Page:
Backpackers Tokyo

Students attend Freshman International Welcome Day at Centennial College Progress Campus in Scarborough in September 2019. Canada saw its international student enrolment drop off significantly last year.

Nicholas Keung

By Nicholas Keung Immigration Reporter

Thu., July 29, 2021 timer 3 min. read

The prospect of in-person classes and access to vaccines — as well as clear vaccination and quarantine policies — are key to keeping Canada a top destination for foreign students despite the global pandemic, a new international survey suggests.

Uncertainty caused by border closures and travel restrictions has greatly disrupted the lucrative international education sector since the onset of the health crisis, but interest in studying in Canada has remained strong, says the study by U.K.-based IDP Connect.

The online survey examined the attitudes and intentions of more than 4,000 international student applicants, individuals with admission offers and current students from 20 countries in July.

Other destinations rated included Australia, New Zealand, the United Kingdom and the United States. Out of those, Canada was ranked second to New Zealand for its response to the COVID-19 pandemic.

That’s good news for Canada, which saw its international enrollment decline by about 17 per cent last year to 531,000 students from 639,000 in 2019, according to Statistics Canada. Prior to the pandemic, the international education industry contributed $22 billion to the Canadian economy and supported 170,000 jobs.

“Canada continues to lead the world in terms of being seen as a welcoming destination for international students,” says Jonah Duffin of IDP Connect, part of IDP Education, which matches students with study opportunities in all major destinations, including Canada.

“Not only do students from around the world want to come here, but when they get here, they are satisfied with their decision.”

Almost 80 per cent of Canada-bound students who participated in the survey said they expect to start their studies as planned this fall, and 49 per cent said they are “unlikely” to switch destinations to gain face-to-face instruction, compared to 39 per cent among those committed to studying in the other four countries.


Duffin said students’ attitudes vary, depending on their understanding of when and if they will be able to transition to in-person teaching.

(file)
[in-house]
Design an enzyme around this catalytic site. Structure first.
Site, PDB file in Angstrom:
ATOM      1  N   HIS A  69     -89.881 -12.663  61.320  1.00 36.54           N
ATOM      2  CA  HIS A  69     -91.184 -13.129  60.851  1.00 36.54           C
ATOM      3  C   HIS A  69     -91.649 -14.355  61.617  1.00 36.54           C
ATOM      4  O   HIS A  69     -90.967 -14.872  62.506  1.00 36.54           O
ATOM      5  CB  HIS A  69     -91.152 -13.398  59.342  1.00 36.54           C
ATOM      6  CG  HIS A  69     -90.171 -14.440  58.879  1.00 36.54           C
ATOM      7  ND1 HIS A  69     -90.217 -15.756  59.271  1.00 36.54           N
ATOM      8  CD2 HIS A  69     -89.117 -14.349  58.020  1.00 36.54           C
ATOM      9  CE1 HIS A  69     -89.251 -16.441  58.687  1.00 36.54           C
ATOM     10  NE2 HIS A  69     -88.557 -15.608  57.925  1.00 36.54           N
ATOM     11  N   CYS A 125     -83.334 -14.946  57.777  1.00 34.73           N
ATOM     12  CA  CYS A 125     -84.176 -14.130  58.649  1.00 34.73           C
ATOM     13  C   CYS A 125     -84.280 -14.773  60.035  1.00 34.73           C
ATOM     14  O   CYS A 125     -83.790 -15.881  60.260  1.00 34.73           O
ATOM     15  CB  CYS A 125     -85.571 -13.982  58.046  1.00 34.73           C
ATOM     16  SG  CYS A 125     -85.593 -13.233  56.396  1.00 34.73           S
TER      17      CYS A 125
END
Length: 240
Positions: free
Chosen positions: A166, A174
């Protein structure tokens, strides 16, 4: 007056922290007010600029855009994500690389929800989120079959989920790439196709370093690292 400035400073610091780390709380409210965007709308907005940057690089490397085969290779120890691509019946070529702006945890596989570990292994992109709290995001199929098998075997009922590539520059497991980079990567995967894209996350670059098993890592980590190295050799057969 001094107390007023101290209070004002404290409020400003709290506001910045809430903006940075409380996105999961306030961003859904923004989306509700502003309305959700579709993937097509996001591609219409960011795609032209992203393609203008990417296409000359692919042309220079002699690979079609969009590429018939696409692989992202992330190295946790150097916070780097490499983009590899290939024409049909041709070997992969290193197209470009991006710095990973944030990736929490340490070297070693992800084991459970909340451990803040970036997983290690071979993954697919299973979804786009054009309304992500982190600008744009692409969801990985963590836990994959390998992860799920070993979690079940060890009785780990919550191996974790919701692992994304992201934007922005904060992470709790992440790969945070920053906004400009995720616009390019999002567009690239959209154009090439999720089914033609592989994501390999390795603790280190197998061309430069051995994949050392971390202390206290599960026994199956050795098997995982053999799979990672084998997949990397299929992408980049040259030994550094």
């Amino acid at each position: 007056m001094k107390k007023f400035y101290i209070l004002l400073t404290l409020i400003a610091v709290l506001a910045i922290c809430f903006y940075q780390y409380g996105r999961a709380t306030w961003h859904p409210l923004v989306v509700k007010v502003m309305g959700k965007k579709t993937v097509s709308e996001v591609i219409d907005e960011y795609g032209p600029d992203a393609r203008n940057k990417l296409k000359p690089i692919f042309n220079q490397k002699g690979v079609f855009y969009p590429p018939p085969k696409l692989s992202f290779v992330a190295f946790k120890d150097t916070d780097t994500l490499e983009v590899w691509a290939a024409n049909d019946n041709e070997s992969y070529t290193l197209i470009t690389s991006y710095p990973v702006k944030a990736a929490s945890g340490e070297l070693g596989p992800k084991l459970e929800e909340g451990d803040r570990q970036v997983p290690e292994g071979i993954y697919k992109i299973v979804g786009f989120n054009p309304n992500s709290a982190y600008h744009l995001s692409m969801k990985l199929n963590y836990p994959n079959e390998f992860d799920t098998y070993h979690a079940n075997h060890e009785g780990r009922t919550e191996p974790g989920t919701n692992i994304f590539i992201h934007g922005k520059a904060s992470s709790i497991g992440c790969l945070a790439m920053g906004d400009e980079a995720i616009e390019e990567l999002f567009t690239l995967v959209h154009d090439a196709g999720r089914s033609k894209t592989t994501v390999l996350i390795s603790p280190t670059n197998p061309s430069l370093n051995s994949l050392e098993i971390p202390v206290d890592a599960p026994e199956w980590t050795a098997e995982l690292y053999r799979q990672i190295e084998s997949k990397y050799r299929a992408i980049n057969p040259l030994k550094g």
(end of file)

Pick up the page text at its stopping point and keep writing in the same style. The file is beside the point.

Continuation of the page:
Students going to Australia and New Zealand, for example, indicated they have felt as though they’ve been left in the dark about when campuses there will be opened and are wanting to defer in higher numbers, as opposed to those headed to Canada, which was seen having clear policies in place dealing with international students.

“Countries that are open to receiving students are all competing to attract students that would normally have gone to Australia, a country whose borders remain closed to international students,” Duffin explained.

“Anything they can do to help students to arrive safely is important, but the survey suggests that offering vaccines would be a key draw for those yet to receive one.”

Since the early stage of the pandemic, Ottawa has introduced a number of policies to allow international students to study online from abroad and to be eligible for coveted postgraduate work permits. Expired and expiring work permits have also been extended.

Currently, international students attending a “designated learning institution” can enter Canada if they have a valid study permit and their school has a COVID-19 readiness plan approved by its province or territory.

While 74 per cent of Canada-bound students credited the availability of vaccines to international students on arrival for making studying here more attractive, 71 per cent said that Canada’s clear vaccination and quarantine policies have made them more likely to come here.

“Canada policymakers and educators should be commended for how they have shown care for students, visitors and citizens,” said Duffin. “This research demonstrates students are showing increased loyalty towards Canada as their destination. This is something the Canada sector can be very proud of.”

According to the survey, 60 per cent of international students interested in studying in Canada are fully vaccinated and an additional 33 per cent will get their vaccines as soon as they can. An overwhelming 83 per cent are also willing to quarantine upon arrival to ensure safety on campus.

Among those hoping to study in Canada, the survey also found:

  • 39 per cent are willing to pay the full cost of quarantine and 39 per cent a portion of the cost; and
  • 38 per cent said they would prefer to quarantine in a government hotel, while 35 per cent prefer university-run accommodation, and the rest expressed no preference.

Of the 4,000 respondents to the survey, 1,451 were destined for Canada; 1,428 for Australia; 823 for the U.K.; 228 for the U.S.; and 99 for New Zealand.

Nicholas Keung

Nicholas Keung is a Toronto-based reporter covering immigration for the Star. Follow him on Twitter: @nkeung